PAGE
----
The role of hepatic glutaminolysis in atherosclerosis
Cardiovascular diseases are the leading cause of death worldwide with 17 million deaths each year and represent a major public health challenge. Despite existing therapies aimed at restoring lipid homeostasis, the prevalence of these diseases keeps increasing and new targets must be find. Recently, new factors have been identified as potential actors in the development of atherosclerotic plaques. Among them, glutamine, a conditionally essential amino acid, and its metabolism have been linked to the incidence of cardiovascular disease and inflammation. Two major enzymes are involved in controlling the flow of this amino acid within our body. Glutaminase 2 (GLS2) metabolizes glutamine into glutamate and the reverse reaction is mediated by glutamine synthetase (GS).
During our study, we first studied the effect of their inhibition in a mouse model of atherosclerosis with adeno-associated virus (AAV) injection or methionine sulfoximine. While GS inhibition has a little impact on lesion development, GLS2 deficiency leads to an increase in atherosclerotic plaque size. At the same time, plasma glutamine is increased. There was no major change in classical cardiovascular risk factors or even inflammation. By performing analyzes of the transcriptional profile of the liver and aortas of GLS2 KO animals, we noticed that many genes involved in the remodeling of the extracellular matrix and in the cell/matrix interaction were deregulated. Dedicated stainings of the plaques corroborated the RNA sequencing and identified regulation of key matrix-modulating enzymes supporting the hypothesis of a weakening of the extracellular matrix. Especially, we found an increase in the activity of transglutaminase 2 (TGM2), one of the pivotal regulator of matrix integrity. We next investigated the therapeutic opportunity by overexpressing hepatic GLS2. In our mouse model overexpressing the enzyme, we observed a decrease in atherosclerotic plaque size as well as a decrease in plasma glutamine.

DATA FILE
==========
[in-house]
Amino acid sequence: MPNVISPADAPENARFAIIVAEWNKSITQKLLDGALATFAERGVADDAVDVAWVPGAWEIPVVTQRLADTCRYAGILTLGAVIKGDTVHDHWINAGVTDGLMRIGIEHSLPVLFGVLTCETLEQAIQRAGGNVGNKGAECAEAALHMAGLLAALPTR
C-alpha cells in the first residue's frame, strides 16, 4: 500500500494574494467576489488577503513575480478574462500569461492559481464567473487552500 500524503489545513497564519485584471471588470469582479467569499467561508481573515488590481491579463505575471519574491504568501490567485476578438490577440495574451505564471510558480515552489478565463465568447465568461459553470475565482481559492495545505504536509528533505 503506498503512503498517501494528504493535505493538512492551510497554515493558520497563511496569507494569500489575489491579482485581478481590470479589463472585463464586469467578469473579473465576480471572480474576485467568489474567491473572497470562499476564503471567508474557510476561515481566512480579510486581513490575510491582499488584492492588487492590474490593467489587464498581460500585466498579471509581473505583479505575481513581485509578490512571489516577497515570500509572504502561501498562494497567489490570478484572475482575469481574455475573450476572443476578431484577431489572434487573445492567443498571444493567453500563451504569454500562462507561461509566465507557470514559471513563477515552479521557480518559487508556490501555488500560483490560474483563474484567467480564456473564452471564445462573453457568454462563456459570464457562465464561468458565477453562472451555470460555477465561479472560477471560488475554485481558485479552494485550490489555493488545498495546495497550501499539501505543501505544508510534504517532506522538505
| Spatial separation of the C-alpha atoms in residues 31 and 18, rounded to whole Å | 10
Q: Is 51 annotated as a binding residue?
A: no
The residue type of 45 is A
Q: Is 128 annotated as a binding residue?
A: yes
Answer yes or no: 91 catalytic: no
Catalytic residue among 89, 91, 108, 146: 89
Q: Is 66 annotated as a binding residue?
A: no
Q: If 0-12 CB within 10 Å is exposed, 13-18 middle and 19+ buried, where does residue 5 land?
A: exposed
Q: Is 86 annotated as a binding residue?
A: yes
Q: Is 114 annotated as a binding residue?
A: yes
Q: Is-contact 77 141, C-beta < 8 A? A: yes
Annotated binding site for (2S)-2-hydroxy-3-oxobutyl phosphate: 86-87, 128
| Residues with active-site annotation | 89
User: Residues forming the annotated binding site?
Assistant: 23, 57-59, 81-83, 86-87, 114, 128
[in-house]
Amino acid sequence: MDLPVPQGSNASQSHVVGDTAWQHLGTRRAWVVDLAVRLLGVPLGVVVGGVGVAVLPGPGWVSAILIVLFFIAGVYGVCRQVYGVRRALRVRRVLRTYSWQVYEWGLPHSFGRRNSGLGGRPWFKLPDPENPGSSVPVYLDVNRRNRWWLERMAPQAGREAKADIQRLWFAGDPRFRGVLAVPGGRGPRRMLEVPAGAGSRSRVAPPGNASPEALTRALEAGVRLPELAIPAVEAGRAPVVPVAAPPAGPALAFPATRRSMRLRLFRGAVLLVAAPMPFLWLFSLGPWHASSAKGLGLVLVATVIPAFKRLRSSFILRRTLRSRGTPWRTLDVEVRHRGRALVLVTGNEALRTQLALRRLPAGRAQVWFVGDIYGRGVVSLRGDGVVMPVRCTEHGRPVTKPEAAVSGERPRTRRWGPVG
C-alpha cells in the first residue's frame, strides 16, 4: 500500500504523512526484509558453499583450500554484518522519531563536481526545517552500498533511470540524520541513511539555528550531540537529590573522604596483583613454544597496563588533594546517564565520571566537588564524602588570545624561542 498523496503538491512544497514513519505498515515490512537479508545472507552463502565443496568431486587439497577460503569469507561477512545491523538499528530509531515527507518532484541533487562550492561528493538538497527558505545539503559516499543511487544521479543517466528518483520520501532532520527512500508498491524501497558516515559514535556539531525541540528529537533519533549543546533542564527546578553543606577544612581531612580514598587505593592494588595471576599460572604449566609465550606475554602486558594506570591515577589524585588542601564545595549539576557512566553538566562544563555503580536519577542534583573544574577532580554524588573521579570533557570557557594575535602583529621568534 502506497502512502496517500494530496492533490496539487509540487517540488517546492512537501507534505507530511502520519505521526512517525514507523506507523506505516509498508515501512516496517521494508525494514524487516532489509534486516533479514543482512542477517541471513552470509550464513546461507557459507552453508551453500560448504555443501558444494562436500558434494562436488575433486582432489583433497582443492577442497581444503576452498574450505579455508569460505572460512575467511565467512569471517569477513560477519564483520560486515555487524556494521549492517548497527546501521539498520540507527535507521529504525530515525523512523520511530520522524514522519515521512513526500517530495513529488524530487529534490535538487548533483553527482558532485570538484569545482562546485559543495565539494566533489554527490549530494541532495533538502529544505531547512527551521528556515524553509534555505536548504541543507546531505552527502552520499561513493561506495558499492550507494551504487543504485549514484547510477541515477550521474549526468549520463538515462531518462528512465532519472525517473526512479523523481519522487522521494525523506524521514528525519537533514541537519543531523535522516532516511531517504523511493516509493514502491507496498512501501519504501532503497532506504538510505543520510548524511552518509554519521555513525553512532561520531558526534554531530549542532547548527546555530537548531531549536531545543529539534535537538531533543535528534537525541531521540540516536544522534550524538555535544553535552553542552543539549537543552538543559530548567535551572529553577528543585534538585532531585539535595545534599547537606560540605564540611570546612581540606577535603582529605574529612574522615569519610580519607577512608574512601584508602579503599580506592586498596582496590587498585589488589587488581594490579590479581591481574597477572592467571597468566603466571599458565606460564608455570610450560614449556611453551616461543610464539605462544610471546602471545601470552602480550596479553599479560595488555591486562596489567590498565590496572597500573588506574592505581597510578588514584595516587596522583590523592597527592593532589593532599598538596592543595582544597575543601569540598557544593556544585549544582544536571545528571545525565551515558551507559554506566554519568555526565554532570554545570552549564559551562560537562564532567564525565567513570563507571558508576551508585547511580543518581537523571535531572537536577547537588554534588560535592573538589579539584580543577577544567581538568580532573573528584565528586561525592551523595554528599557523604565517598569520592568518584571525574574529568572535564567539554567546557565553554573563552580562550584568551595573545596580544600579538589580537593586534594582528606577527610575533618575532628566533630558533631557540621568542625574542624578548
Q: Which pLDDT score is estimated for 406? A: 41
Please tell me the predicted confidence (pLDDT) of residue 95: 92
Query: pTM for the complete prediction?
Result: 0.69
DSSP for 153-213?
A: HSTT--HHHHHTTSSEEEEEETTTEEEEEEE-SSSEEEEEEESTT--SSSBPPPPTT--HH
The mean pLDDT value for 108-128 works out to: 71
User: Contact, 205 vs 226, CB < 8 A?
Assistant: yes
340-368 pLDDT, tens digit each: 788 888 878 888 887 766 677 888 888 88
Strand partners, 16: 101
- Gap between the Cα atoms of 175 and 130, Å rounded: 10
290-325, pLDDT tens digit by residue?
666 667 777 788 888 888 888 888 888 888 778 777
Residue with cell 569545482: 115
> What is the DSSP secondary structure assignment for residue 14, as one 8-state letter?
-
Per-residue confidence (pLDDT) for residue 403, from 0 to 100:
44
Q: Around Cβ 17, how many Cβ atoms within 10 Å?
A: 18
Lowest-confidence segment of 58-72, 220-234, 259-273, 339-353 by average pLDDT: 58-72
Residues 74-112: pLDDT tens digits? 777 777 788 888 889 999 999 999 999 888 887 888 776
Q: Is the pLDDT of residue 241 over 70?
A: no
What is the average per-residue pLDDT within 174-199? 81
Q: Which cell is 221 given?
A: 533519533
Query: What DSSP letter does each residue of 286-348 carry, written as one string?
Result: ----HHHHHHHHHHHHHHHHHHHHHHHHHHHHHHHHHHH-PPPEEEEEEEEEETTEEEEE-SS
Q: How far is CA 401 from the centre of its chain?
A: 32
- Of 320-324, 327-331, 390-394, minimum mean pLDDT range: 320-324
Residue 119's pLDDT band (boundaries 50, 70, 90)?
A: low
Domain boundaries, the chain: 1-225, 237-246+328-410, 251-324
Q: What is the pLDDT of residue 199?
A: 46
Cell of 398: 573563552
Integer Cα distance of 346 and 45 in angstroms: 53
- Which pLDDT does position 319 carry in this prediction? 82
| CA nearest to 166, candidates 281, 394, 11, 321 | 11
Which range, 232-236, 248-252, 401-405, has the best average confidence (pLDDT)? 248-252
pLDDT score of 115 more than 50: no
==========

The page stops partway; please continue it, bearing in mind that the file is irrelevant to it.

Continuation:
GLS2 seems to be a new player in the prevention of atherosclerosis not only by maintaining cell homeostasis but also by guaranteeing the environment integrity in which they evolve. It would be interesting to explore this new target at a time when therapies seem to be running out of steam.
Atherosclerosis, Glutamine, Glutaminase, Cardiovascular, Metabolism, Liver
President of the jury:
Prof. Fanny BUREL-VANDENBOS, PU-PH, University Côte d'Azur-LCAP, Nice
Dr. Muriel LAFFARGUE, DR, Toulouse III-I2MC University, Toulouse
Dr. Delphine EBERLÉ, MCU-HDR, University of Lille-Institut Pasteur, Lille
Prof. Bruno FÈVE, PU-PH, Sorbonne University-UPMC-CRSA, Paris
Dr. Fabienne FOUFELLE, DR, Sorbonne University-CRC, Paris
PhD supervisor :
Dr. Laurent YVAN-CHARVET, DR, University Côte-d'Azur-C3M Inserm U1065, Nice